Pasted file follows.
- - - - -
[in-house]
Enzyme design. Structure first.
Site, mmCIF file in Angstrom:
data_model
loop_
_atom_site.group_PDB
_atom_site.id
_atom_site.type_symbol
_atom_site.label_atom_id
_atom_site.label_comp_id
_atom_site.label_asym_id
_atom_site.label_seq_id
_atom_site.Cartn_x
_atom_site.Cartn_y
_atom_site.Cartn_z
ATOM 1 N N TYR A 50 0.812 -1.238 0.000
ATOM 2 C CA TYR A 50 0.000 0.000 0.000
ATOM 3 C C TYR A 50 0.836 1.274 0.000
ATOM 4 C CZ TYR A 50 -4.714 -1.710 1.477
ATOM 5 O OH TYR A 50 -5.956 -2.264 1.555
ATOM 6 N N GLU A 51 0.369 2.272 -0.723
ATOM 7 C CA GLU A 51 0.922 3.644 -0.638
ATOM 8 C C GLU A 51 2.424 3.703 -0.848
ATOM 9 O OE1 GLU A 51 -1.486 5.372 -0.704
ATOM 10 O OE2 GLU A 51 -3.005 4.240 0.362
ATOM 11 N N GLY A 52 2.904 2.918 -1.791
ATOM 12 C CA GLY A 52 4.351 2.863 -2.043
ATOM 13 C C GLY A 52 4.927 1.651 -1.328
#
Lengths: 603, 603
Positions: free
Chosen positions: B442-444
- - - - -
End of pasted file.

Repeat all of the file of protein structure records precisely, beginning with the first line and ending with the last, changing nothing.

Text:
[in-house]
Enzyme design. Structure first.
Site, mmCIF file in Angstrom:
data_model
loop_
_atom_site.group_PDB
_atom_site.id
_atom_site.type_symbol
_atom_site.label_atom_id
_atom_site.label_comp_id
_atom_site.label_asym_id
_atom_site.label_seq_id
_atom_site.Cartn_x
_atom_site.Cartn_y
_atom_site.Cartn_z
ATOM 1 N N TYR A 50 0.812 -1.238 0.000
ATOM 2 C CA TYR A 50 0.000 0.000 0.000
ATOM 3 C C TYR A 50 0.836 1.274 0.000
ATOM 4 C CZ TYR A 50 -4.714 -1.710 1.477
ATOM 5 O OH TYR A 50 -5.956 -2.264 1.555
ATOM 6 N N GLU A 51 0.369 2.272 -0.723
ATOM 7 C CA GLU A 51 0.922 3.644 -0.638
ATOM 8 C C GLU A 51 2.424 3.703 -0.848
ATOM 9 O OE1 GLU A 51 -1.486 5.372 -0.704
ATOM 10 O OE2 GLU A 51 -3.005 4.240 0.362
ATOM 11 N N GLY A 52 2.904 2.918 -1.791
ATOM 12 C CA GLY A 52 4.351 2.863 -2.043
ATOM 13 C C GLY A 52 4.927 1.651 -1.328
#
Lengths: 603, 603
Positions: free
Chosen positions: B442-444